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Losing It: How Paul Prudhomme Dropped 130 Pounds : Dieting: The Cajun chef has his own ideas about low-cal food--and there's nothing bland about them.

June 27, 1991|DALE CURRY | Curry is the food editor of the New Orleans Times-Picayune

Paul Prudhomme is happy.

"I'm mobile. I work 18 hours a day. I wake up every morning feeling wonderful," he says.

But about two years ago, at 485 pounds, he was not so happy.

"I got to an uncomfortable weight and I had to do something," he says.

First, he tried powdered diet products and even got creative with them, inventing new recipes.

"I got sick of it and decided it was time to get serious," he says. "With my ability to cook, I changed to food."

For a while, he experimented with macrobiotic cooking, a vegetarian approach emphasizing whole grains and high fiber, then moved on to a variety of dishes supplanting his usual heavy hand with butter, cream and roux with a lighter touch.

The result was a 130-pound weight loss, enough to make him mobile in the kitchen. At his present weight, 360 pounds, he is comfortable.

"I can work a station," he says. In restaurant lingo, that means cooking non-stop as customers place orders, which Prudhomme did for three months after the weight loss. "I hadn't done that in years." And he no longer does it, having resumed his usual role of overseeing the kitchen. "Now I don't have to. I know I can."

With his cholesterol, blood pressure and other vital statistics well within normal range. Prudhomme tends not to worry about excess weight as long as he's comfortable.

"I've had a weight problem since I was 8 years old," he says. The last time he can remember being thin was at a photography session when he was 4 years old.

Since weighing more than 500 pounds as a teen-ager, Prudhomme has done his time with diets, fluctuating between 350 and 500 pounds and once even fasting for 40 days.

"If it applies to me and losing weight," he says, "it's not an article, it's a book."

What are his weaknesses?

"If I have a plan, a foolproof plan, and know what I'm having, I can deal with it," he says of dieting. "But if I don't have it, I eat anything."

Sweets used to be a problem. "I was always a binger," he says. He would refrain, then buy a quart of ice cream and eat the whole thing.

"I can't eat sweets every day or I'd weigh 1,000 pounds," he says.

For a while, the chef hired an experienced cook who prepared low-calorie meals for him. Then, he began creating his own diet dishes and stuck to them almost exclusively for about one year. After losing 100 pounds he started eating two diet meals a day and one meal off the diet.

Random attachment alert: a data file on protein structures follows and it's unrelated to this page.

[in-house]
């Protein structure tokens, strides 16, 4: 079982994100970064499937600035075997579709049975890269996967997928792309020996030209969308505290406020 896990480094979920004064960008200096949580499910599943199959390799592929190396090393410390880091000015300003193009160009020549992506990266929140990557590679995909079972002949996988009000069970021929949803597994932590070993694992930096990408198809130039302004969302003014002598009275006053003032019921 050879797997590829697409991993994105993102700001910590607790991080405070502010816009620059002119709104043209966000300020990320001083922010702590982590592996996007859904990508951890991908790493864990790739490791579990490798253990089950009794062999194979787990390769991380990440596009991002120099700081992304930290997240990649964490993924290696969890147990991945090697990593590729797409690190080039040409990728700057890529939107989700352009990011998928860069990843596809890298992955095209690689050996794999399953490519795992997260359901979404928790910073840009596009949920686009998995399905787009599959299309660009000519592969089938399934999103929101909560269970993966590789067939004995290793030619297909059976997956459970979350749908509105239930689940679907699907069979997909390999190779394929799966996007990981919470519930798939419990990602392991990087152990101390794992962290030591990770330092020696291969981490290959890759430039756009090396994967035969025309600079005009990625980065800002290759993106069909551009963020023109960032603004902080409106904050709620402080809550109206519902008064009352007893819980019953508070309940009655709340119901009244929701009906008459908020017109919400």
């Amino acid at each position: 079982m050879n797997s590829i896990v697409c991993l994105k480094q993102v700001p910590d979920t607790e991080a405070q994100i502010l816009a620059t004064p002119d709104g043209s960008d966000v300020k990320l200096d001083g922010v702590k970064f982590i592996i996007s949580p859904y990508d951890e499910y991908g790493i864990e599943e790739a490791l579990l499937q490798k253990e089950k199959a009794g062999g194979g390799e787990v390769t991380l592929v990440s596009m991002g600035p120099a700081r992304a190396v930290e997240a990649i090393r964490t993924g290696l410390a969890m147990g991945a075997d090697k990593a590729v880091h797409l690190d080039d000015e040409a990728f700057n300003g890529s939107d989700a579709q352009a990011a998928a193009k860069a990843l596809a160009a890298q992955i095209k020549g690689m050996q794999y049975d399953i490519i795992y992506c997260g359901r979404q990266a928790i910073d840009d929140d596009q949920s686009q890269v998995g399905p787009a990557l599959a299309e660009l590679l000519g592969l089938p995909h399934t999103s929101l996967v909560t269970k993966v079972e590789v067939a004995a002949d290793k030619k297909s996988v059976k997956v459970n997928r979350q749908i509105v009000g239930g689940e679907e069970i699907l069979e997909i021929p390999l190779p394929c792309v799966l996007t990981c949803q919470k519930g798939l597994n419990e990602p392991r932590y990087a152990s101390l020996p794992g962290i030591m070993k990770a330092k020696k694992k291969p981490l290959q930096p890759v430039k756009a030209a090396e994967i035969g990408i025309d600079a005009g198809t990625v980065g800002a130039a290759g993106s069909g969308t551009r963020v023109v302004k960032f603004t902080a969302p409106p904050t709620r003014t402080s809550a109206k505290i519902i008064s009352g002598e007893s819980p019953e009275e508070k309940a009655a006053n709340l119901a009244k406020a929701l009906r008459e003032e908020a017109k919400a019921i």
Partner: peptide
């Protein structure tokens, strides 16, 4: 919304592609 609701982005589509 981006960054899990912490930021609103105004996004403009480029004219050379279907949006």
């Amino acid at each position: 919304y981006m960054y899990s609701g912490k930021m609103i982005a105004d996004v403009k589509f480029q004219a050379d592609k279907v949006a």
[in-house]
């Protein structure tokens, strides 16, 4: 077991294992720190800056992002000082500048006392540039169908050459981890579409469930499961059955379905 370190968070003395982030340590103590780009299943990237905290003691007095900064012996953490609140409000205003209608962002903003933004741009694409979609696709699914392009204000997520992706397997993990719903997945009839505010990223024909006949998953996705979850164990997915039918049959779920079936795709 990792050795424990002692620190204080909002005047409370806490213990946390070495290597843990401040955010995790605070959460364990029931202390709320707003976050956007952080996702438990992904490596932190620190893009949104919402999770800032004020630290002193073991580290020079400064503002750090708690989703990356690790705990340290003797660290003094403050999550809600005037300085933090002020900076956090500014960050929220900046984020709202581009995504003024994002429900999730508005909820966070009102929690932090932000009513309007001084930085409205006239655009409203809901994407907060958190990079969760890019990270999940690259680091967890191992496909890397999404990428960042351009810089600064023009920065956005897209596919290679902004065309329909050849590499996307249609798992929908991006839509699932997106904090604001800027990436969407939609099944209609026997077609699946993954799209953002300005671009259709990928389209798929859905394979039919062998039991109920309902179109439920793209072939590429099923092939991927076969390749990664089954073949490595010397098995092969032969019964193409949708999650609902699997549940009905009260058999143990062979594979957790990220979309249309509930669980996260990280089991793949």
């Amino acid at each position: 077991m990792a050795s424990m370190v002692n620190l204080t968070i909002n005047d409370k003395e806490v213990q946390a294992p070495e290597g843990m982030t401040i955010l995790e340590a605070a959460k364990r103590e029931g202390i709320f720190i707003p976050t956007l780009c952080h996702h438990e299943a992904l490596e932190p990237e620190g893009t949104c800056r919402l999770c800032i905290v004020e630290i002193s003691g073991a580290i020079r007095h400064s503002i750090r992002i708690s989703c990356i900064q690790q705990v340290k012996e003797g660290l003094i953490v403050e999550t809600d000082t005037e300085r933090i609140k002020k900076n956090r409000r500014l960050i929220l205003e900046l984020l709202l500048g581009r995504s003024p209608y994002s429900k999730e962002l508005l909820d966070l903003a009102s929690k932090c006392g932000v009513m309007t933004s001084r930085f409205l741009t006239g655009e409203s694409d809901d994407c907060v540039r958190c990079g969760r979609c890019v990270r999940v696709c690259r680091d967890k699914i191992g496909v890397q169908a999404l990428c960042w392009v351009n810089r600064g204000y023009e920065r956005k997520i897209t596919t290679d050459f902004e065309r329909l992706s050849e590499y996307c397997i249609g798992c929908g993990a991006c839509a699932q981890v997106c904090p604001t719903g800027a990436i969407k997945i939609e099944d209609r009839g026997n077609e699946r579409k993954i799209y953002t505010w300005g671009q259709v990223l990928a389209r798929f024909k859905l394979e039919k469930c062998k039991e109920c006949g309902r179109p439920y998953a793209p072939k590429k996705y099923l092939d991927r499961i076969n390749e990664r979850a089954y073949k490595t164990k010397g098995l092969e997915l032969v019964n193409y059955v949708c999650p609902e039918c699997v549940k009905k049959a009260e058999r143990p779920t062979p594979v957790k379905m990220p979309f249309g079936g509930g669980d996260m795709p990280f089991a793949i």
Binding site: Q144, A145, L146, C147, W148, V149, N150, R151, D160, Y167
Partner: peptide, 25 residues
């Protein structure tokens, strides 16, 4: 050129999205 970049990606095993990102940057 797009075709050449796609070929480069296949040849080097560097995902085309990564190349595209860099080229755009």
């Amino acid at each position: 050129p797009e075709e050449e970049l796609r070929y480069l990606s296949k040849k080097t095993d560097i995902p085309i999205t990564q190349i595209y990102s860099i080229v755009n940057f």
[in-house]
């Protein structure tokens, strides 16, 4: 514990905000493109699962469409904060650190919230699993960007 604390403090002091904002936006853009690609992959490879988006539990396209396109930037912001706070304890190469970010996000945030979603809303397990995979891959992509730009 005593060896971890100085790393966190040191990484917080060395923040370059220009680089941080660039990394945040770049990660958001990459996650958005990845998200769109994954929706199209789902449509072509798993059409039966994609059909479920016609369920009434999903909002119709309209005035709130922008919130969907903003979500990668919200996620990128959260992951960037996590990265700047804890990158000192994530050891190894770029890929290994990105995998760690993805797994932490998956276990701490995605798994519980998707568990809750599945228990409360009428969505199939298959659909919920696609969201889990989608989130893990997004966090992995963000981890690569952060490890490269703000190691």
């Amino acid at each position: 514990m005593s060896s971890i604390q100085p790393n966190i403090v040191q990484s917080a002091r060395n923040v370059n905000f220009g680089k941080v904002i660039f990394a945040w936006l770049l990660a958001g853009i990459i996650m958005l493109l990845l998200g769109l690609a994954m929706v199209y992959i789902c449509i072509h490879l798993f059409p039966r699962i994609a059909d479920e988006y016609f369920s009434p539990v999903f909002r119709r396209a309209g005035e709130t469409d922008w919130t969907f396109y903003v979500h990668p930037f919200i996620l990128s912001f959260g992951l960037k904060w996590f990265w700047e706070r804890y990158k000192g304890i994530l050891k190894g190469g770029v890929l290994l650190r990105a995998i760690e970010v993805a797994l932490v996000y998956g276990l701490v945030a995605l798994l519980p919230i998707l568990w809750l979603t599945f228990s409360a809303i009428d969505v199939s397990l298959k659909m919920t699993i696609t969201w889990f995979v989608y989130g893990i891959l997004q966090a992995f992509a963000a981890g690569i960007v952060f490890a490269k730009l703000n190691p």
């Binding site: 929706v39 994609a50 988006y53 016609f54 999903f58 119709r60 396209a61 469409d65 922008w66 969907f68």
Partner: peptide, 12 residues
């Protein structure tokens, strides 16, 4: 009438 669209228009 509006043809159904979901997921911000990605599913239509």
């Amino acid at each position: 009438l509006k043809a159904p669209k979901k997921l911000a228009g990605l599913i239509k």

Although the weight loss was an achievement, he's happiest about keeping it off for one year with the modified diet.

Says his wife Kay, "When Paul decides he's going to diet, there's nothing that keeps him from it--except no food at all."

"I try never to beat myself up about gaining weight," he says. "If I go off for a day or two, I try to forgive myself."

Prudhomme admits his recipes aren't the easiest and defers to his sister Enola and her new light-recipe Cajun cookbook, "Low-Calorie Cajun Cooking" (Hearst Books: 1991, $17.95). But for the cook who doesn't mind putting some time into diet dishes, Prudhomme has come up with some winners.

His Mullacalong Chicken makes his eyes roll just talking about it. As for sweets, "you can do some neat things with artificial sweetener," he says. One example is a flan he likes to make with canned skim milk, pureed cottage cheese, eggs and arrowroot.

Prudhomme has no plans to publish a diet cookbook, though at one time he did. His sister Enola had thought up the idea of a family cookbook around the same time. William Morrow, publisher of Prudhomme's first cookbook, wanted Paul to write the family book so the siblings swapped ideas. "The Prudhomme Family Cookbook" was published in 1987 and now Enola's low-calorie book is just out. Paul's next book, "Seasoned America," is scheduled to hit bookstores in the fall.

Meanwhile, Prudhomme is happy to pass on his successful light recipes to others wanting to lose weight. Here are some of his favorites.

MULLACALONG CHICKEN

2 tablespoons Chef Paul Prudhomme's Poultry Magic seasoning

1 1/2 teaspoons ground turmeric

1 1/2 teaspoons dried leaf cilantro

1/2 teaspoon ground ginger

1 teaspoon dry mustard

1 teaspoon curry powder

2 cups corn kernels (preferably fresh, about 4 ears)

5 1/2 cups defatted chicken stock

8 boneless, skinless chicken breasts with all visible fat removed (about 1 pound 10 ounces, total weight)

Olive oil spray

2 cups chopped onions

2 teaspoons grated lemon zest

3 tablespoons lemon juice

1 sweet red pepper, seeded, stemmed and cut into strips

2 packets low-calorie sweetener

Combine Poultry Magic, turmeric, cilantro, ginger, mustard and curry powder in small bowl.

Combine corn kernels with 1/2 cup chicken stock in blender and process about 2 minutes. (Mixture should be somewhat coarse, not smooth.)

Place chicken breasts in bowl, coat with 2 tablespoons seasoning mixture, and rub in thoroughly with hands.

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